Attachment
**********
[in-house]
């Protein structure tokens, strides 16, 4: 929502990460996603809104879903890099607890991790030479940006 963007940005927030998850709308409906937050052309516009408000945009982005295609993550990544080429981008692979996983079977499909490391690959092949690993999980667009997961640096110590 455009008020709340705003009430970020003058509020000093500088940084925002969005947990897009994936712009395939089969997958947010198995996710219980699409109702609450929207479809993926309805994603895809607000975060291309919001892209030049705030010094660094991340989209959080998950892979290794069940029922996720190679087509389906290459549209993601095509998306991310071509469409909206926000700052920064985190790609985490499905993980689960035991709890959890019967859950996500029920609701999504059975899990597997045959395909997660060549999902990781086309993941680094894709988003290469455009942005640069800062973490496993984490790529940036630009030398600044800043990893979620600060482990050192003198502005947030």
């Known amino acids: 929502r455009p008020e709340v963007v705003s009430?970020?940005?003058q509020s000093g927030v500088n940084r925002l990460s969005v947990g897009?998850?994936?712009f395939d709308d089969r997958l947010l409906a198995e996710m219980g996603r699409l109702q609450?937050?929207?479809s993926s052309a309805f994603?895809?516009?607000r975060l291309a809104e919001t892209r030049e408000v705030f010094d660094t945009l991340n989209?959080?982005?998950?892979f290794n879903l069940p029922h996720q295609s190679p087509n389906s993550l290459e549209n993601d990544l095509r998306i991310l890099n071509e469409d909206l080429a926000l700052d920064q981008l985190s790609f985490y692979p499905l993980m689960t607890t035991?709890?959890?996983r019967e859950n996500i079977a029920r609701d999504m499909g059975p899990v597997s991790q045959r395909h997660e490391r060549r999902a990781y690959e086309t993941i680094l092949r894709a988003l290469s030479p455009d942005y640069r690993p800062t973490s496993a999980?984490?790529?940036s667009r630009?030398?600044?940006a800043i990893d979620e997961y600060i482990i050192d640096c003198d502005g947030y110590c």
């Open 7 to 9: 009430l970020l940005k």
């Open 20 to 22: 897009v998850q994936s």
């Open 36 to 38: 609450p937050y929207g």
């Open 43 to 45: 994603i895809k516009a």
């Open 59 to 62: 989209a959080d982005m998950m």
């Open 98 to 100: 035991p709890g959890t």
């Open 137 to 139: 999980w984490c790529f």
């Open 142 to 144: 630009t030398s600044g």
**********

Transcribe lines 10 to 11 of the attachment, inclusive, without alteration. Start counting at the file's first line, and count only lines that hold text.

């Open 137 to 139: 999980w984490c790529f």
């Open 142 to 144: 630009t030398s600044g």